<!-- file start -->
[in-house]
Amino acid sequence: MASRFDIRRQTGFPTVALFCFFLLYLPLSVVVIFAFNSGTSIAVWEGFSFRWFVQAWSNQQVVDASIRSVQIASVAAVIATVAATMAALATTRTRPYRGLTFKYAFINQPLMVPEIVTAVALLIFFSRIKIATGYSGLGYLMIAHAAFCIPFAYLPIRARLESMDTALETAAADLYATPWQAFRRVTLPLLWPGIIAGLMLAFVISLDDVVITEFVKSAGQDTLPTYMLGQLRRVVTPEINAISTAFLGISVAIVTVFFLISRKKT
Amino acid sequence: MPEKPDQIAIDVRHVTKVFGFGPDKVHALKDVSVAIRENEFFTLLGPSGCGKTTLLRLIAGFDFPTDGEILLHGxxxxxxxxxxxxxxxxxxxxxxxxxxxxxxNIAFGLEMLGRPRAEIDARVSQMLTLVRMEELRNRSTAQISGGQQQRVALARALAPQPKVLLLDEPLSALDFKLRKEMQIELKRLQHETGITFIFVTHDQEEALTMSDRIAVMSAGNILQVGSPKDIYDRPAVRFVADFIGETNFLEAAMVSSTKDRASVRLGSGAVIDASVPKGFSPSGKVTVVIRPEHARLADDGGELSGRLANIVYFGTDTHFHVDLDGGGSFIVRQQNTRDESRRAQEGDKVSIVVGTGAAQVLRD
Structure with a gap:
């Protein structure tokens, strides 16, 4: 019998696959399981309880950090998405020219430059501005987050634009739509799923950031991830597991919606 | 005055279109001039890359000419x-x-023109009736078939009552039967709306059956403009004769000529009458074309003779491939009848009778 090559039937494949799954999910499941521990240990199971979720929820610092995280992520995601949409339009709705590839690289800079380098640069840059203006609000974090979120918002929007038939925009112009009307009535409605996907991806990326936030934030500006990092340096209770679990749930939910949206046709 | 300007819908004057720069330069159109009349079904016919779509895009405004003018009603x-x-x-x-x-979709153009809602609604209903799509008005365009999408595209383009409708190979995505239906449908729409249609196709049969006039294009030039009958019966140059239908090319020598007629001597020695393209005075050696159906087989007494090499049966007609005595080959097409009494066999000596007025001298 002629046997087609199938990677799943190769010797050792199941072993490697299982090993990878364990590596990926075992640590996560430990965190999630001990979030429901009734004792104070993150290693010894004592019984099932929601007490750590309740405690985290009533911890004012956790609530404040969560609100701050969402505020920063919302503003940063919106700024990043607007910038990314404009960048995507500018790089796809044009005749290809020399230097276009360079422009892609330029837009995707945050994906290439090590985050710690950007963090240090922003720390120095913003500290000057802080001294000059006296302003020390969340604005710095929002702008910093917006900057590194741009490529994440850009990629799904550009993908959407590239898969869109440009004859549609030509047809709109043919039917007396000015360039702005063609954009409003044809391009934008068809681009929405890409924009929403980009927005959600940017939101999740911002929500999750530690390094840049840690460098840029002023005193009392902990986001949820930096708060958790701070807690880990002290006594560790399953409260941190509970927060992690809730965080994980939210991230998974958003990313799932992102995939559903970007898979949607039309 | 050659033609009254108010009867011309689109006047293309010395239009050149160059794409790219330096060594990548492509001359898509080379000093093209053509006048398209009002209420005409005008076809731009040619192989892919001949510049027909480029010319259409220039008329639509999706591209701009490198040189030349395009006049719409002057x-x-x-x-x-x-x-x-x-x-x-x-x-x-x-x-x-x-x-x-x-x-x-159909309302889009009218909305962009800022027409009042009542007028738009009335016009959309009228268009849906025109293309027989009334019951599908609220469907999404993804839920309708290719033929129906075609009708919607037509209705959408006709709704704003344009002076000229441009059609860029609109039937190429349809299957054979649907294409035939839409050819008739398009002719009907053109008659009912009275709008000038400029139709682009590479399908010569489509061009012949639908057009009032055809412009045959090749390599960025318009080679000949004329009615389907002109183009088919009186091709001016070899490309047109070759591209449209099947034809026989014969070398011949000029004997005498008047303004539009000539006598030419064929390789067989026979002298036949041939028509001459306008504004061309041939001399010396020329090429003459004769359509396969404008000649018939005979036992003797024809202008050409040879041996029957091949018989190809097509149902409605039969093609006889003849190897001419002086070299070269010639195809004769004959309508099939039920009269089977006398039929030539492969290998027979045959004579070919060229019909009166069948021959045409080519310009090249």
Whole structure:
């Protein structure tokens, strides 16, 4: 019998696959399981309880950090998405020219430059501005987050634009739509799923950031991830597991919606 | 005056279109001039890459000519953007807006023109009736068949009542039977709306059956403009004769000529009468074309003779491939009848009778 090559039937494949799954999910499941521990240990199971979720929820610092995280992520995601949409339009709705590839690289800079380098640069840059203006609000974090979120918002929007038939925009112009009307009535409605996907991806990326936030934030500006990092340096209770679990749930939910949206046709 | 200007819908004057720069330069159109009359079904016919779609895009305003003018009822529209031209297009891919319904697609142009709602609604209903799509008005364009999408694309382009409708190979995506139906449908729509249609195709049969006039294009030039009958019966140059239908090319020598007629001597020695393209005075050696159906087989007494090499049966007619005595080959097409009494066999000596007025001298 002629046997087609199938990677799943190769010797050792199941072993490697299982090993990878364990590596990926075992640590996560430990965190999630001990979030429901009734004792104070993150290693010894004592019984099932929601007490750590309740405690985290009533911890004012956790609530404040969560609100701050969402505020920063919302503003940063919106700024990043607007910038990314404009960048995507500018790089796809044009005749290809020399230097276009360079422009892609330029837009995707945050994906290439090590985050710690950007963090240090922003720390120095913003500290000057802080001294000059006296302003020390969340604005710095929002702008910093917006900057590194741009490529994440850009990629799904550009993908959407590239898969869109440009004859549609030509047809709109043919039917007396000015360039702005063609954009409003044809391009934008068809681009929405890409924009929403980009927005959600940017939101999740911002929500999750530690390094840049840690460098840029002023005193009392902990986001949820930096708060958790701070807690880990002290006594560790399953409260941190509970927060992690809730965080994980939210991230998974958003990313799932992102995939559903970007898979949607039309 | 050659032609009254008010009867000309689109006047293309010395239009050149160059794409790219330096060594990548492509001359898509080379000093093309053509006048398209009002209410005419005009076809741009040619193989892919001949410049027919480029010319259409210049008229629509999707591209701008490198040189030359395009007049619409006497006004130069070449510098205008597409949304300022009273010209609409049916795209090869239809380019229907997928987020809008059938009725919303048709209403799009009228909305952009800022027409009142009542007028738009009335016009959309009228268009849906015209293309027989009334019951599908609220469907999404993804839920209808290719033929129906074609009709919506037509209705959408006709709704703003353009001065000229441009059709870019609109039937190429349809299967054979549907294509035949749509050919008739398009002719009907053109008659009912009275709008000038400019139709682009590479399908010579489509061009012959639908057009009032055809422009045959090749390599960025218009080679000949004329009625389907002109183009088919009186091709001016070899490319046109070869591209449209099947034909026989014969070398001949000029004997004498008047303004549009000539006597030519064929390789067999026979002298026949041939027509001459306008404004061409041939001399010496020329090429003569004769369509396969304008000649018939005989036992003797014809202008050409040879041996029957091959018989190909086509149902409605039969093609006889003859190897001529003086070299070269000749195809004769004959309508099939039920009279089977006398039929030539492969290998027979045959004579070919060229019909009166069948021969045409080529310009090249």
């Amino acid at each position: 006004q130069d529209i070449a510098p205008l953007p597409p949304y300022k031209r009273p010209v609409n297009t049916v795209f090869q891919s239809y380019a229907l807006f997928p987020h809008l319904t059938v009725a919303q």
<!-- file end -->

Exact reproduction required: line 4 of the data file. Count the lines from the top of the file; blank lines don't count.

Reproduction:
Structure with a gap: